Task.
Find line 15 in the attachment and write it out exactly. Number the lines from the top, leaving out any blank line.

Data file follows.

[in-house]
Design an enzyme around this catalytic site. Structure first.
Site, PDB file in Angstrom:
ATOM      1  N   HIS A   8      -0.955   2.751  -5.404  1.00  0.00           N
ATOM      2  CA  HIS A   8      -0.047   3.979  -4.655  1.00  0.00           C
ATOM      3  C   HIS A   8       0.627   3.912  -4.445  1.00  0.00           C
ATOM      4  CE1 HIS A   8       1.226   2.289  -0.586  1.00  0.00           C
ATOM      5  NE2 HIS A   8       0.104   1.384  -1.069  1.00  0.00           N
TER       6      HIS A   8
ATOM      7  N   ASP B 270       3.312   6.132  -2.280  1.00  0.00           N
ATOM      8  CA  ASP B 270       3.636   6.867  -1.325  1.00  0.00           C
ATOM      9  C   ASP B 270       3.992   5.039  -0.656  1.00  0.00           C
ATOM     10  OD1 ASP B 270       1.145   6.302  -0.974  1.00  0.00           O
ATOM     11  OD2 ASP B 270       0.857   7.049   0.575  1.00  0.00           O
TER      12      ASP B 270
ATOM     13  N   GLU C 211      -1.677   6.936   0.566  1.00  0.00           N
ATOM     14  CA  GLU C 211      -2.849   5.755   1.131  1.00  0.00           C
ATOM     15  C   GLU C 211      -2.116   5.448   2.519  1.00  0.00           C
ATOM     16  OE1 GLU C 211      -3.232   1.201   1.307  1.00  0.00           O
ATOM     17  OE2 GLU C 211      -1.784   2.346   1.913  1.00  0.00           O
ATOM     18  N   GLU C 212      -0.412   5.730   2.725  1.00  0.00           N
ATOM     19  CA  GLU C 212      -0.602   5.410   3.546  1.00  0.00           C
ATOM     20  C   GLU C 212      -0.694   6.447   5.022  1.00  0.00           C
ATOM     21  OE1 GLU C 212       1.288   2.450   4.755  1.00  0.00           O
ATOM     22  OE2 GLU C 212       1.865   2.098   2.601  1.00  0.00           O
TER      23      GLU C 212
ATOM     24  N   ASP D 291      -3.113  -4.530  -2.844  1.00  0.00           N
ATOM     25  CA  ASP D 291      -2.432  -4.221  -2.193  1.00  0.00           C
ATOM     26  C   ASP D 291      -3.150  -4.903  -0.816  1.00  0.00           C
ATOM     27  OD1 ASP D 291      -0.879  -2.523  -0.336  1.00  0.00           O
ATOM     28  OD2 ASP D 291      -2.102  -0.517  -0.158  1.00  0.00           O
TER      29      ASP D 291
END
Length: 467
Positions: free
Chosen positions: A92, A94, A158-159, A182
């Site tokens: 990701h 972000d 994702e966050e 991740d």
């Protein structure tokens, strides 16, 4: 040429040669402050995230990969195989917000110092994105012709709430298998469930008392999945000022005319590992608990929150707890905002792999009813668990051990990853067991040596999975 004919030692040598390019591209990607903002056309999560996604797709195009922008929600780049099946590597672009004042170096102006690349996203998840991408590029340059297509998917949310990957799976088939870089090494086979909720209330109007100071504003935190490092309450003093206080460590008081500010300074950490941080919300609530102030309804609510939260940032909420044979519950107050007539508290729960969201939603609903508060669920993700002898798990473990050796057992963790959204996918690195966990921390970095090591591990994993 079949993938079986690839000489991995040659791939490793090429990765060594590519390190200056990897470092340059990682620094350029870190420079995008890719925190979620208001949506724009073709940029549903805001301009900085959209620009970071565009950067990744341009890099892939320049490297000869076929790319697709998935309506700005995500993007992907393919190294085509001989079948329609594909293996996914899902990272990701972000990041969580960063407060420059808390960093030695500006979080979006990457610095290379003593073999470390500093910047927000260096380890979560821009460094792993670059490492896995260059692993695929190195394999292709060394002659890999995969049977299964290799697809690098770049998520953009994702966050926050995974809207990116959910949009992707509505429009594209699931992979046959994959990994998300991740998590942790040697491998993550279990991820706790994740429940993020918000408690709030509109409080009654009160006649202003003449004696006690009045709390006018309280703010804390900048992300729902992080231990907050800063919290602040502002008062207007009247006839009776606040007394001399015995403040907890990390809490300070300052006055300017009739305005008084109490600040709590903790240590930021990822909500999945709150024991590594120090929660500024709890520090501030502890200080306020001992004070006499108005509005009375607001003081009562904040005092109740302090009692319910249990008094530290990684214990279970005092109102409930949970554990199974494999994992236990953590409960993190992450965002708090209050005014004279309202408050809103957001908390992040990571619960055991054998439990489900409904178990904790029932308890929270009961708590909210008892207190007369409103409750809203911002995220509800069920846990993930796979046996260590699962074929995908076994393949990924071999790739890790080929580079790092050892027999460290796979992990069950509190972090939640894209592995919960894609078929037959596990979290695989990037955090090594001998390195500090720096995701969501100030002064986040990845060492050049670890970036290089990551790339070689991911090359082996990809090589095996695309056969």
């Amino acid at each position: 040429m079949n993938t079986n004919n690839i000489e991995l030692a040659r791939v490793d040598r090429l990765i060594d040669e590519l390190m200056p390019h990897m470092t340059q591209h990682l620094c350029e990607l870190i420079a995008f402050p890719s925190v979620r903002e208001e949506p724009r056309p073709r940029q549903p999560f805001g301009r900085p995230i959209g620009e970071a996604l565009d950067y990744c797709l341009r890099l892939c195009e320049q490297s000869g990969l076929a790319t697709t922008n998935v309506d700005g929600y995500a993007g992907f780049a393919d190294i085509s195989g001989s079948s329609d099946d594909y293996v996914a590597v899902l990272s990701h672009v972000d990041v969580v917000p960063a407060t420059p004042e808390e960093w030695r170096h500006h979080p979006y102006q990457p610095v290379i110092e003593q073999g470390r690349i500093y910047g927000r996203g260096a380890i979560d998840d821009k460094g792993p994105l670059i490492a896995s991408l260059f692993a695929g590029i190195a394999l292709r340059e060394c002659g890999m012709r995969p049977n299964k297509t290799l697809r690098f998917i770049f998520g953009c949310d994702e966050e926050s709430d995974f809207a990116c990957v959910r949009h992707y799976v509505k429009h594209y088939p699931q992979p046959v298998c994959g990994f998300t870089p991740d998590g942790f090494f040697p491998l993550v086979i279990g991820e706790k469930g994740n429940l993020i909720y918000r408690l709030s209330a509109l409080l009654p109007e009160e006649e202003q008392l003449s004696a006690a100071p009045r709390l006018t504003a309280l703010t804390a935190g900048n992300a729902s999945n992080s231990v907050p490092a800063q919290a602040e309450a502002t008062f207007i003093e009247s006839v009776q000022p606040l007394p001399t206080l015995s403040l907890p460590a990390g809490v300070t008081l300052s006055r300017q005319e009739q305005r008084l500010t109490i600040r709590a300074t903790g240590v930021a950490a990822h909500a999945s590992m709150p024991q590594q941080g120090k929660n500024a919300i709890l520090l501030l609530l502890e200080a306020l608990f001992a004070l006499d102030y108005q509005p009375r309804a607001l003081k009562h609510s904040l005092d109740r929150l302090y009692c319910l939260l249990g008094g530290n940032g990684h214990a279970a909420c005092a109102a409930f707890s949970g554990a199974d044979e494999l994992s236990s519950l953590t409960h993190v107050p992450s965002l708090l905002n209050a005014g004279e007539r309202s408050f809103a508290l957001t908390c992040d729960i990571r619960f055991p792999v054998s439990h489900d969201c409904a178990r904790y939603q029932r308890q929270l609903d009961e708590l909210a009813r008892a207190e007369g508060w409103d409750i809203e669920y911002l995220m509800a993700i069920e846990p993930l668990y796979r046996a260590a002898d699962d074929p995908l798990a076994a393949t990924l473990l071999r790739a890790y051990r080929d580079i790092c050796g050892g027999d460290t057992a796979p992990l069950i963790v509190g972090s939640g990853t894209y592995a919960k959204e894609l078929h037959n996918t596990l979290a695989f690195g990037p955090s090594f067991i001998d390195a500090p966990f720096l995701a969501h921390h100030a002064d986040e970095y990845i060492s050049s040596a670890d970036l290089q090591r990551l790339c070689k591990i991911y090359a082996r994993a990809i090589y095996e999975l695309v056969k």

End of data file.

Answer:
TER      12      ASP B 270